“I tried to push intentional neutrality in the meeting, to have a simple definition of what that meant, and she said it came from the state and that it’s a legal issue,” senior Tess Parker said.

NEUTRAL STATE: “For us to make a decision of privileging some over others is really problematic for a university, where we strive to have this neutral state so students can express themselves,” said University of North Carolina Asheville Chancellor Kimberly van Noort. // Photo credit: UNCA

The idea of institutional neutrality dates back to the University of Chicago’s 1967 Kalven Committee Report, which argues that university neutrality is important in fostering a diversity of viewpoints. The idea caught steam in 2021 when Vanderbilt’s chancellor Daniel Diermeier advocated for it in pieces for USA TodayInside Higher Ed, and ForbesUNCA’s chief university communication and marketing officer Michael Strysick said.

Strysick said it was a 2017 state law involving campus free speech – and UNC policy – that brought institutional neutrality to the UNC system. The law, born from HB 527, stated “the constituent institution may not take action, as an institution, on public policy controversies of the day.”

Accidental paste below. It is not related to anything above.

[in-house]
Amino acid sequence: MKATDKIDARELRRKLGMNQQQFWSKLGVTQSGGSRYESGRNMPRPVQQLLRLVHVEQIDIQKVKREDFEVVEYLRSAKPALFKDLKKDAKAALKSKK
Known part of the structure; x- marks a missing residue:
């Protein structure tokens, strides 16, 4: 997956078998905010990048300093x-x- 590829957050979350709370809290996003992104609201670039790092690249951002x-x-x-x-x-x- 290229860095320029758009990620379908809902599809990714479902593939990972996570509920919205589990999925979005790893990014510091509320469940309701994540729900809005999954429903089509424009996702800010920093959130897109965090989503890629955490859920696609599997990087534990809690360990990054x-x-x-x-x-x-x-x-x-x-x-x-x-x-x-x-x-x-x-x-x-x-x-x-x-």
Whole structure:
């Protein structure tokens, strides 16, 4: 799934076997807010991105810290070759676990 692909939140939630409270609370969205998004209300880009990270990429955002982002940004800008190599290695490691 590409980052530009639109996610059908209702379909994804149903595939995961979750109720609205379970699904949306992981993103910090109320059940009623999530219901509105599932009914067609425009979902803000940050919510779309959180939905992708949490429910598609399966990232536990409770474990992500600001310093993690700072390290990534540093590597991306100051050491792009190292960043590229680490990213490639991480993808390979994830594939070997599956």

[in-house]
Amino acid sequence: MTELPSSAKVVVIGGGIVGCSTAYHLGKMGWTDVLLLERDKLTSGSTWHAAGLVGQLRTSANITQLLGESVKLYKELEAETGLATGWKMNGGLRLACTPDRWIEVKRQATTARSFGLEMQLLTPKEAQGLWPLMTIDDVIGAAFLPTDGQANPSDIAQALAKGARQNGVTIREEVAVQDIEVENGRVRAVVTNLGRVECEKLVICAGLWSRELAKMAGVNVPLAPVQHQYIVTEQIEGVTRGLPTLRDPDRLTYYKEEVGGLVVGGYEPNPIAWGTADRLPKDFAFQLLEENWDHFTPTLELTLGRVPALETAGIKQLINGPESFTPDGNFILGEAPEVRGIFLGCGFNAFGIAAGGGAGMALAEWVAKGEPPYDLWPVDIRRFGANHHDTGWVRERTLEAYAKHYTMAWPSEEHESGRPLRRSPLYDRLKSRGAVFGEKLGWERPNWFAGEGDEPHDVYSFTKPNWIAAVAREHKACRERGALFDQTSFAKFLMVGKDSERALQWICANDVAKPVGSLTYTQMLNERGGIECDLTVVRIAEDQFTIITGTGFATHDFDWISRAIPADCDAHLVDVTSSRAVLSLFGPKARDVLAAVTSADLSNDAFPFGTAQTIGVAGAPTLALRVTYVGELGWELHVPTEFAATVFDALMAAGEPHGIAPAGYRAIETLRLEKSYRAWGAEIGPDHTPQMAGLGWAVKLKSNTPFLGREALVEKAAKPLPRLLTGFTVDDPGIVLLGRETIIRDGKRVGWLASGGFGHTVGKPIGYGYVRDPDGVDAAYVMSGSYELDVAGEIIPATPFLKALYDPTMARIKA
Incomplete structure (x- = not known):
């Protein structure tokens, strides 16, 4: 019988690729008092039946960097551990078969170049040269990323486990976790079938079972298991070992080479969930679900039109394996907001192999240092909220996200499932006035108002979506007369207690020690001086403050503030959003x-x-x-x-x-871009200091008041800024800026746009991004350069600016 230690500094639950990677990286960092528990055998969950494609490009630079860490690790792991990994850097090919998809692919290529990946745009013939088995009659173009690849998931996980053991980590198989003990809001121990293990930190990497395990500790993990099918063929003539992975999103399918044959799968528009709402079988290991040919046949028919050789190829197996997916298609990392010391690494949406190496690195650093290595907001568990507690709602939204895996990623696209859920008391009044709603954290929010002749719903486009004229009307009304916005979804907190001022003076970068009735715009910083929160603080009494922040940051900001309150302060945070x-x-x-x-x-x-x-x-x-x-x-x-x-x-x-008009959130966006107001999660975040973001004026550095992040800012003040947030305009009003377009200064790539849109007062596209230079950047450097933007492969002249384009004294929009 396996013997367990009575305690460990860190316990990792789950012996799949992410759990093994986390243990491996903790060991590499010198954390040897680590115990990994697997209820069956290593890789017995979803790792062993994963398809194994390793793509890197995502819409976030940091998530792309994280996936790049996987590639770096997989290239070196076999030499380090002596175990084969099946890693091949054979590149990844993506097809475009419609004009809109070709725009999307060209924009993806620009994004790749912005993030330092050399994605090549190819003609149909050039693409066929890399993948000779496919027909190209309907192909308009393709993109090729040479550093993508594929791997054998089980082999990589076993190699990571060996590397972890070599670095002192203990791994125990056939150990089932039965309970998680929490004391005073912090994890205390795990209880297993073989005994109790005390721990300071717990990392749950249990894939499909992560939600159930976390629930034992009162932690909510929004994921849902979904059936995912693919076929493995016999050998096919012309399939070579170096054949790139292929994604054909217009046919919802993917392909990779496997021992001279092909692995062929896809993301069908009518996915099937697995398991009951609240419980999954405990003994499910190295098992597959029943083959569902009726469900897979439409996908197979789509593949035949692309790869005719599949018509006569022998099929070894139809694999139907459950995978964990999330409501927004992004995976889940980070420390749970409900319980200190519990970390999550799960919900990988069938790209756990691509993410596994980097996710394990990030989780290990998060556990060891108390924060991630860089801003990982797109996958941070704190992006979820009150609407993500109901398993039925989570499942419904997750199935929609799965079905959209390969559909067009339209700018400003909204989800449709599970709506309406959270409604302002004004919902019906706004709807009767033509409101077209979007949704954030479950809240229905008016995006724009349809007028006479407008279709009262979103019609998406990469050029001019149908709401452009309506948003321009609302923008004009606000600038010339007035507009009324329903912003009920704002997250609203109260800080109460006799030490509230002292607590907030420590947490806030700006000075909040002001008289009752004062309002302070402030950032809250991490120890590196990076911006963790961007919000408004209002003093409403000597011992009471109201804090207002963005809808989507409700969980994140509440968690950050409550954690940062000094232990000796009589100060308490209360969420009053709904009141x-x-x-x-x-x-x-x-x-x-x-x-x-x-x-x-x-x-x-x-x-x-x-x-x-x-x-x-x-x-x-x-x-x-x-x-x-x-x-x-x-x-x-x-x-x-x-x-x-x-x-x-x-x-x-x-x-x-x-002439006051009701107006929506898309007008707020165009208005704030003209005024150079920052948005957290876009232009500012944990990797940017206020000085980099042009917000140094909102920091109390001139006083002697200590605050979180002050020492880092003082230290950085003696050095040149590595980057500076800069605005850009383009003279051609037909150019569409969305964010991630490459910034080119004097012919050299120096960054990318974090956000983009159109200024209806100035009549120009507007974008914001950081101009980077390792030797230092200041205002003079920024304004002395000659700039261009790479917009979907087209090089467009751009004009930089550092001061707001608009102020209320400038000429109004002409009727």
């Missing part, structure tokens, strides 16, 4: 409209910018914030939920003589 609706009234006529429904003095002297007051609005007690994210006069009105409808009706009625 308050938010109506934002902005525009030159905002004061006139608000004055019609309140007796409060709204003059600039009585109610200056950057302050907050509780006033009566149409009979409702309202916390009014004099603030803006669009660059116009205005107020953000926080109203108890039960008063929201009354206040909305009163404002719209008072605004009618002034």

The law did not include the term “neutrality” until it was amended by SB 195 last summer. SB 195 requires all North Carolina colleges and universities to remain neutral on “political controversies of the day.”

Last summer, the General Assembly passed another bill, SB 364, using language mirroring the Kalven Report, prohibiting UNC institutions from asking employment applicants to describe beliefs around “contemporary political debate or social action.” A few weeks ago, a UNC System committee approved a policy that would remove Diversity, Equity, and Inclusion positions and offices across the system, if approved by the full Board of Governors on May 23. The committee’s decision sparked a student protest in front of the Ramsey Library.

“A big part of the DEI policy is recruiting and retaining students. The system is shooting itself in the foot if we do this because we are not going to be able to recruit,” said Kelly Biers, associate professor of French. “It’s going to drive away high quality faculty and students.”

Alondra Barrera-Hernandez, student government president and protest organizer added, “It’s important to advocate for this (DEI) on our campus especially because UNC Asheville is a very diverse campus, especially for DEI. It can impact a lot of marginalized students.”

‘Deep conversations’ about institutional neutrality

The banners were hung in fall 2020 as a part of the university’s commitment to its racial justice roadmap. UNCA called them “visual reminders of the work to be done” in a news release at the time.